‘It’s curtain walling, but not as we know it.’
I’m referring to Hardwick Hall in Derbyshire, built some 400 years ago under the guidance and guile of Bess of Hardwick (c. 1527 – 1608) and stonemason and the first described ‘architect’ in Britain, Robert Smythson (1535 -1614).
This most extraordinary building first captured my imagination in 2010, triumphantly silhouetted on the hilltop, high above the M1. One can only try imagining the approach in Bess’ day.
Hardwick is, like many stately homes, all about power, status and trappings of wealth. It is symmetrical on first look and unconventionally tall for an Elizabethan hall.
Unusually for houses of this time Bess liked the high ceilinged state rooms to be on the second floor. This, along with the further corner turrets, provided the dramatic silhouette on the skyline.
On inspection of its plan and section it is however anything but symmetrical. The facade and plan are mismatched and windows hide chimneys in a deliberate conceit.
There are a number of unusual planning moves at Hardwick. These all announce power and wealth. After your long approach up the hill to the hall you will cross the threshold into the axial Great Hall, a space used by visitors and servants alike. If invited, you begin a most evocative journey to the state rooms. Visitors experience, through wide double height stairwells, then compressions between and around lower rooms, a ceremonial route that turns and disarms you, positioning you on the ceremonial journey to power.
Your upward journey terminates outside the High Great Chamber. This is an enormous space which could comfortably swallow a modern day family home. This room is however only a prelude to the Long Gallery.
Measuring 51m long, 8m high and varying from 6.7 to 12 metres in width it is the largest surviving Elizabethan long gallery and the only one to retain its original tapestries. The architectural idea of the long gallery is to allow internal exercise on inclement days and the user transverses the entire western side of the house. It is also an opportunity to display to the visitor a family’s wealth and allegiance to The Crown. This room is flooded in natural light from the magnificent curtain walling and you make the connection to the beginning of the journey you started at the bottom of the hill.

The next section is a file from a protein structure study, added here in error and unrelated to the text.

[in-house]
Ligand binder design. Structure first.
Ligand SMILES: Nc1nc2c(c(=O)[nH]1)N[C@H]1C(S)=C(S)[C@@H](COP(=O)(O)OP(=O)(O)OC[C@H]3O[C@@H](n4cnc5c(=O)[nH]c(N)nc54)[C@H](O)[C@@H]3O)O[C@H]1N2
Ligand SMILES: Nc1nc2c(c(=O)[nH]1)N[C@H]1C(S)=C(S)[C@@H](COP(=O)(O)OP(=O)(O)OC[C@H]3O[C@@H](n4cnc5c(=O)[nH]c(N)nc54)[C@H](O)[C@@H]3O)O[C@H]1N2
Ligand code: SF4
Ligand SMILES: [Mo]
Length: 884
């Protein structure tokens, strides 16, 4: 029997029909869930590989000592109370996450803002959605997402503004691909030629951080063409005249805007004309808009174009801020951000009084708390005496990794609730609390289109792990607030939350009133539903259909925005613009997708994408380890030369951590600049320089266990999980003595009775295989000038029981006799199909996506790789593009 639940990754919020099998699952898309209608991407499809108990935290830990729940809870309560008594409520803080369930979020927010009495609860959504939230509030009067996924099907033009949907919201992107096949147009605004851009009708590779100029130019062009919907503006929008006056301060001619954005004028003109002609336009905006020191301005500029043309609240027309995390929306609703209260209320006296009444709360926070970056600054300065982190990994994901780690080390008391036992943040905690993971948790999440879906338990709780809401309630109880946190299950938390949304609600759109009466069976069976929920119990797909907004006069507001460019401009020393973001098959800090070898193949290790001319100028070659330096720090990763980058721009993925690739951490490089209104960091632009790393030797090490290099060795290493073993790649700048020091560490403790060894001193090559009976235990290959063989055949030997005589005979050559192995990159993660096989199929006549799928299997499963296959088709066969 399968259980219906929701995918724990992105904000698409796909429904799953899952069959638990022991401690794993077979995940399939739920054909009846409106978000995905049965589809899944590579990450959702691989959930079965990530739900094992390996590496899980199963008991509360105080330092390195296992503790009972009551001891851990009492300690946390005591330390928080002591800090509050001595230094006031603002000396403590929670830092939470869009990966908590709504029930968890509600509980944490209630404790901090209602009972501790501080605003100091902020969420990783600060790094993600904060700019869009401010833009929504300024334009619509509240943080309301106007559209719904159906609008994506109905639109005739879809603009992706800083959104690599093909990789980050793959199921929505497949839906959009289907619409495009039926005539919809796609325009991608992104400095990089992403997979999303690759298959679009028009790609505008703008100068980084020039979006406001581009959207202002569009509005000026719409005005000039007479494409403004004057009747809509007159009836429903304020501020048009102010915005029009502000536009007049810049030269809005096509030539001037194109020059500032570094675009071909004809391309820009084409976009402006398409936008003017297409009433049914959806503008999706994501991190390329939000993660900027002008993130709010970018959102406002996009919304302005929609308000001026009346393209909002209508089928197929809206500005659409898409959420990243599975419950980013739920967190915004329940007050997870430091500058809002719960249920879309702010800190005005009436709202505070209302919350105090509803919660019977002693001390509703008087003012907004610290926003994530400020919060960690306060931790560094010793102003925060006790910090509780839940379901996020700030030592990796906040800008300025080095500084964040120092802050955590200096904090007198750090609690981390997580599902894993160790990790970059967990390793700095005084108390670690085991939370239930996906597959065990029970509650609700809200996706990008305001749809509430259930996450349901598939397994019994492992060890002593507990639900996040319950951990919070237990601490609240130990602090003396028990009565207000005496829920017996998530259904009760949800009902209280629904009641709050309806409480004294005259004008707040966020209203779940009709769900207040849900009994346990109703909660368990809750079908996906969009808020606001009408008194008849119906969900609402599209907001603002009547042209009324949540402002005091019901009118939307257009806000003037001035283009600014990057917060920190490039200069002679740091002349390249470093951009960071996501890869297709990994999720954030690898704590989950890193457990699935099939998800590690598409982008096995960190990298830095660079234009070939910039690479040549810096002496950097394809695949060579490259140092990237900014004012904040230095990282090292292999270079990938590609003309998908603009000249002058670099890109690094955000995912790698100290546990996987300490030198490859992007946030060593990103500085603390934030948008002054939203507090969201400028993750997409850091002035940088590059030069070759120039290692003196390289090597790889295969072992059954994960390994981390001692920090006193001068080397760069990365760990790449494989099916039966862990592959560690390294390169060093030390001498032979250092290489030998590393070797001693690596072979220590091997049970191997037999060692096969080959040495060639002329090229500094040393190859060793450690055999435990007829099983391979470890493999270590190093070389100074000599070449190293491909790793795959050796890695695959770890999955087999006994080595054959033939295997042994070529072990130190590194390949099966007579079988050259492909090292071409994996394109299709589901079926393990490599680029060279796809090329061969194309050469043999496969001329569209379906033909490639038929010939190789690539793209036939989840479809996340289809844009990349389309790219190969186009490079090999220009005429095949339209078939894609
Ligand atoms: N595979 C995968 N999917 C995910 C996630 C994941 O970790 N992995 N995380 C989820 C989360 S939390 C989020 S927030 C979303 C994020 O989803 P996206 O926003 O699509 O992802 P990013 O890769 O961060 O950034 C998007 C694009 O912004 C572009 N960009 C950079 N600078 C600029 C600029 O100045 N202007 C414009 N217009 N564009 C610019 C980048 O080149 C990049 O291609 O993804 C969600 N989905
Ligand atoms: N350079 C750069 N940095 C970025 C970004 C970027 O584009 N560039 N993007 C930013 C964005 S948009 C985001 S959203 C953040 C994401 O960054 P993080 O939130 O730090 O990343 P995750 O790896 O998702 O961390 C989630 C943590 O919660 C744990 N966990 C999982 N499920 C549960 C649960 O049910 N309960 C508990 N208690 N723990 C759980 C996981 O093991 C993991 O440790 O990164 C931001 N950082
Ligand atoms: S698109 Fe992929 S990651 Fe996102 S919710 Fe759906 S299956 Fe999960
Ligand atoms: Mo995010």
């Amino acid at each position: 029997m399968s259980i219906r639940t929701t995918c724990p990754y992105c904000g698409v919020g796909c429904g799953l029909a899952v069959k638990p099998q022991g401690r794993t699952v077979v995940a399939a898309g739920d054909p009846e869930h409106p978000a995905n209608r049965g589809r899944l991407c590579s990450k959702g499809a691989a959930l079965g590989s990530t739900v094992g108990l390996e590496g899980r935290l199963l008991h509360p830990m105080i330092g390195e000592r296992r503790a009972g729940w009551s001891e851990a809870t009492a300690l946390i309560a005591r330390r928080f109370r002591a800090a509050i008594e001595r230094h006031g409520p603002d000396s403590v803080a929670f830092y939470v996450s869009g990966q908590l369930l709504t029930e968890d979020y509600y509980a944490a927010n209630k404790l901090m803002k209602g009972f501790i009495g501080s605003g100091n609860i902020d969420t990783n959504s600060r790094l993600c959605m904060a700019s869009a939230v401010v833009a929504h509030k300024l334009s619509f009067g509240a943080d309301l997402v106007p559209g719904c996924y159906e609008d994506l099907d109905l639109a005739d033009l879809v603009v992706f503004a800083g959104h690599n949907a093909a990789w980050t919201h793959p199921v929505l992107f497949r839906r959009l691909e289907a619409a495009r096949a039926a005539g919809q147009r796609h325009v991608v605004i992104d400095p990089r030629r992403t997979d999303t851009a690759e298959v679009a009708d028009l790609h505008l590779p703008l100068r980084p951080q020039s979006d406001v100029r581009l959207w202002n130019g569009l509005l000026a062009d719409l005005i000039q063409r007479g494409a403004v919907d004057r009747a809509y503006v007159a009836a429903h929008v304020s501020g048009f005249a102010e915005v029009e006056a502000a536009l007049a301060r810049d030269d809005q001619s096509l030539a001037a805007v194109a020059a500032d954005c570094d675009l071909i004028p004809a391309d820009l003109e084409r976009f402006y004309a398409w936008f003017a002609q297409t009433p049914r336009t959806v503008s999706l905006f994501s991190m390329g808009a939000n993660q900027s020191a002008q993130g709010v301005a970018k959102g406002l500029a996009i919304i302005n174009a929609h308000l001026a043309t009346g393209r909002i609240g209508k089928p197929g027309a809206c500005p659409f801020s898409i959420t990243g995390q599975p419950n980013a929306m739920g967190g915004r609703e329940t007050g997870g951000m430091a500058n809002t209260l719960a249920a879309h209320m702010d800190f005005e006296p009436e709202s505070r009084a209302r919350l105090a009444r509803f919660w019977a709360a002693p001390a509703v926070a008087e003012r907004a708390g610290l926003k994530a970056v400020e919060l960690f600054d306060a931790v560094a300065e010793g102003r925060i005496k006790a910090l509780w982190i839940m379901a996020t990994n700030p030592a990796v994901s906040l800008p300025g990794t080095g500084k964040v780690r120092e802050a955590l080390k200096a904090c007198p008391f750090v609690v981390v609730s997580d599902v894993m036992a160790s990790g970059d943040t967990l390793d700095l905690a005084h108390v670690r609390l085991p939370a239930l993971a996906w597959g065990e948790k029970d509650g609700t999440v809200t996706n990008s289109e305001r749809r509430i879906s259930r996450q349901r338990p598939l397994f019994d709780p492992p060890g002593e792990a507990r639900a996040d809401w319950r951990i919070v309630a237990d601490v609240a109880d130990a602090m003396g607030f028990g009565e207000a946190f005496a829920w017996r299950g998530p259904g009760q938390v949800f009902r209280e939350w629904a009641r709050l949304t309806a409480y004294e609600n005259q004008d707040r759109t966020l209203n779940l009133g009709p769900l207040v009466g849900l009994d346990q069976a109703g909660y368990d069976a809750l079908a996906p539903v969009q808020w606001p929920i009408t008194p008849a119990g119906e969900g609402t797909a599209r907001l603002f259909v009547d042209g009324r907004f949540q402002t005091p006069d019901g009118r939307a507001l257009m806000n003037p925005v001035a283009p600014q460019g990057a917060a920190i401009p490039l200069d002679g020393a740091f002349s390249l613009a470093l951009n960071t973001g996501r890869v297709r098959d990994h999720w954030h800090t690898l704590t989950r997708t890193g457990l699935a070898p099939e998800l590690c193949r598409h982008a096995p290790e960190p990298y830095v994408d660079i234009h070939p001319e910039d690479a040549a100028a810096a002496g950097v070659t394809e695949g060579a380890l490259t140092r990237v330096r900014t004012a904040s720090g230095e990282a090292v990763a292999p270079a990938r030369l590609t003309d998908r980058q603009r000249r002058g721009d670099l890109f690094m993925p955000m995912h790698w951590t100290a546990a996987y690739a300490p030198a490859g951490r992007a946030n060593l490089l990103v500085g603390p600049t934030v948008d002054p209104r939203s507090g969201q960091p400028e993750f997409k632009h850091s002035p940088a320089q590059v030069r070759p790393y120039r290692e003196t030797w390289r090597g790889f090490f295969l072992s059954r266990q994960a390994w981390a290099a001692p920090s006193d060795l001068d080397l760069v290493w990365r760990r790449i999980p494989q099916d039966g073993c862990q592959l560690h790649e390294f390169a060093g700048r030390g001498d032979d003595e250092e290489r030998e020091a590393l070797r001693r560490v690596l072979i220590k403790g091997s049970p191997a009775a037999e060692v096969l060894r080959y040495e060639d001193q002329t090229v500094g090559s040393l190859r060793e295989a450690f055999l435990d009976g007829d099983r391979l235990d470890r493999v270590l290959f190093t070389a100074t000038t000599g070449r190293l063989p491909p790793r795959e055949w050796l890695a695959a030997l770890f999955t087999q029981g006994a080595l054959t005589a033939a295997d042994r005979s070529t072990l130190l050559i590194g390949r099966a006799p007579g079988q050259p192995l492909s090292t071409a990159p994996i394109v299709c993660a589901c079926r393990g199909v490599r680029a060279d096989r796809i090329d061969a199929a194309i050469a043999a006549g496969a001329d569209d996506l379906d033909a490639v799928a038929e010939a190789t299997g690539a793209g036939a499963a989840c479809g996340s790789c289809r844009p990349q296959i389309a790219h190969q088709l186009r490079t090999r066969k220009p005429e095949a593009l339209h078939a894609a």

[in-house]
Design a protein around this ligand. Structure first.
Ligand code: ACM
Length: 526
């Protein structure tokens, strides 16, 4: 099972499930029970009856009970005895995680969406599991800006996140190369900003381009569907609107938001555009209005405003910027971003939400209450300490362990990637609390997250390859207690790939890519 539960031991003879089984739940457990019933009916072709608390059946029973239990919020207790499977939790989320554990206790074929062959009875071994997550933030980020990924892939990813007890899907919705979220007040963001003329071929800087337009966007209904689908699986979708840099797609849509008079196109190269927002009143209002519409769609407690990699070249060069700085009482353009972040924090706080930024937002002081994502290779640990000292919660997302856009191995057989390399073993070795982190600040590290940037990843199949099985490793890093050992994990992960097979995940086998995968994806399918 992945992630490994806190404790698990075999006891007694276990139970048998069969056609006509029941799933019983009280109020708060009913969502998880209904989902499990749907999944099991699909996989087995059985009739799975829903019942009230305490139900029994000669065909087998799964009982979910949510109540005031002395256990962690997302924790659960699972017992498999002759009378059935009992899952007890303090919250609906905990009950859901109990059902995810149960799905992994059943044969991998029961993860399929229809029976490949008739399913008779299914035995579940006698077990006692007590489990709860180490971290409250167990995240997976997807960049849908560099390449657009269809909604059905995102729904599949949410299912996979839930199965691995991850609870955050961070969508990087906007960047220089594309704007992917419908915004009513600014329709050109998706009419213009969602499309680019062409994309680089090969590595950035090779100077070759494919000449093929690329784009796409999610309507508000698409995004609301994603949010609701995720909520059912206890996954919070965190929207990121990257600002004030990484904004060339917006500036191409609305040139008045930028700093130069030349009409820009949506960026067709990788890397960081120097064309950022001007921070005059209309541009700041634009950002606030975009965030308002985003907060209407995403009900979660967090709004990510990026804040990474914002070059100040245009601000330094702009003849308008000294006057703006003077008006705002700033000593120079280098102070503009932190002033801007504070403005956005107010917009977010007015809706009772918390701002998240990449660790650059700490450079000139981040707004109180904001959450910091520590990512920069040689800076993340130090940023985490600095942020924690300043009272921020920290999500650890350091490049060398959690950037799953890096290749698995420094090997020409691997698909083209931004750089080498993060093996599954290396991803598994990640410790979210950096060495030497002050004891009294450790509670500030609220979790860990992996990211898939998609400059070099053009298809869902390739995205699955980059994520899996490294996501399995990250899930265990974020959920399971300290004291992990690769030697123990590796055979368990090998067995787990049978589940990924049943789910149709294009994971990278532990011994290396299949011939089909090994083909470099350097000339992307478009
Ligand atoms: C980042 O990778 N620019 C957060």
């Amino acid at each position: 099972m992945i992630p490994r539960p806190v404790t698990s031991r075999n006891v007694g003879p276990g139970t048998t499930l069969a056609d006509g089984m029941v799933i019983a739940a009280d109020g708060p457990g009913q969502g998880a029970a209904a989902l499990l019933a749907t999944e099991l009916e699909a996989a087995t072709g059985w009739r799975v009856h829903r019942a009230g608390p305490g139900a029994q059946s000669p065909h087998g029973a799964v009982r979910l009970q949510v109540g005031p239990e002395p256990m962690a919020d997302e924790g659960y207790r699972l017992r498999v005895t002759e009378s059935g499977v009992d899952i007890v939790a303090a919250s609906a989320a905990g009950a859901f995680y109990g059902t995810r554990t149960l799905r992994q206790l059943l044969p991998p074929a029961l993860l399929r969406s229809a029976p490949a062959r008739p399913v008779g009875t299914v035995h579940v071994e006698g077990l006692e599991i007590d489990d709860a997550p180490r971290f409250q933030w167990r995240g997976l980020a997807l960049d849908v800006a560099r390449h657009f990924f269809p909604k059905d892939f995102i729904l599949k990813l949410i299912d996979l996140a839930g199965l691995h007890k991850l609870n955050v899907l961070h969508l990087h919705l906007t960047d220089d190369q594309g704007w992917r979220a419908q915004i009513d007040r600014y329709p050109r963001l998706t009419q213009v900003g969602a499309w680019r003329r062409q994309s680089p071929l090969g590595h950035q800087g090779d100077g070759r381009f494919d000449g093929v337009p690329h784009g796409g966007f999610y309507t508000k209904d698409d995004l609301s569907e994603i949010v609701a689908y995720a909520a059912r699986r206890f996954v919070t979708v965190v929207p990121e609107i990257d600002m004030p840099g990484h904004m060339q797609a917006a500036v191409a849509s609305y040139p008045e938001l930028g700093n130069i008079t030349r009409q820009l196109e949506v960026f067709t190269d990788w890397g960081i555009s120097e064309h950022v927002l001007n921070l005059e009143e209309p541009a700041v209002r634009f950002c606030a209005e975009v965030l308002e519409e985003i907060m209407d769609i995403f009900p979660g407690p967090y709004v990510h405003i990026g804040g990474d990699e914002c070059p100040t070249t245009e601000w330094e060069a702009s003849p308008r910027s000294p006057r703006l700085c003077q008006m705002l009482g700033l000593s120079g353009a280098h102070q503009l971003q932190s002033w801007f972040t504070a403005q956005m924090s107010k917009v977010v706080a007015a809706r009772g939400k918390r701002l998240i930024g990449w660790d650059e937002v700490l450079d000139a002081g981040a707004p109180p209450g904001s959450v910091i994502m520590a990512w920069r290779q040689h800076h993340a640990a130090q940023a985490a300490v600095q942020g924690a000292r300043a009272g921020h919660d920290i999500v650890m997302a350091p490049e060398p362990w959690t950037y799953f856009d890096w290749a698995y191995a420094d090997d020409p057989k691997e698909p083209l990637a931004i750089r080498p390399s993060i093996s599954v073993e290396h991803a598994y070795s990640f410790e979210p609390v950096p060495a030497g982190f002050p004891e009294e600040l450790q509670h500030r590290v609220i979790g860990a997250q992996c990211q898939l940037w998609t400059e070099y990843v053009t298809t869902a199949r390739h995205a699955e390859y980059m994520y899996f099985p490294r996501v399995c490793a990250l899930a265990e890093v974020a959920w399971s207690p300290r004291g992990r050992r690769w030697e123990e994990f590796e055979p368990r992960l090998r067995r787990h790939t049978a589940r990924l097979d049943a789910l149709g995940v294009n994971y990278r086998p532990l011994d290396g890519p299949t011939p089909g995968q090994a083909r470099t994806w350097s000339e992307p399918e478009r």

We should note that each piece of diamond shaped glass was the largest piece of glass possible to manufacture at the time. There are thousands of them. I am not sure what a modern diagrid equivalent would be, but the OMA Seattle Central Library comes to mind. This is remarkable wealth and engineering on display.
They seem to defy gravity and are lightly held in place by a hatching of lead work. The stone truly seems to be less than the glass.
But how is it all standing up? This is clearly a load bearing stone house but there is too much glass, where are the buttresses? How can it have survived for 400+ years with such minimal masonry?
This reveals a further secret and clever conceit of the stonemason’s hand. Smythsons scheme was a headache to build and solved by build a series of vaulted arches inward, and throughout the house, disguised into the plan form.
This plan is not an enfilade of connected rooms where your orientation and expectation can somewhat be pre imagined but a richer, disjointed configuration, only fully experienced if invited by the owner.
Hardwick will always delight, its initial silhouette, the shimmer of thousands of pieces of glass, the journey upward to the state rooms their tapestries and the overwhelming scale of the curtain walling from inside the building.
It displays conceit but also honesty in finish and junction. Its adventure and promise has created one of our great houses, achieved through patronage and architect pushing each other to their limits. It is still relevant and rewarding to us all today. I recommend you to visit.back to insights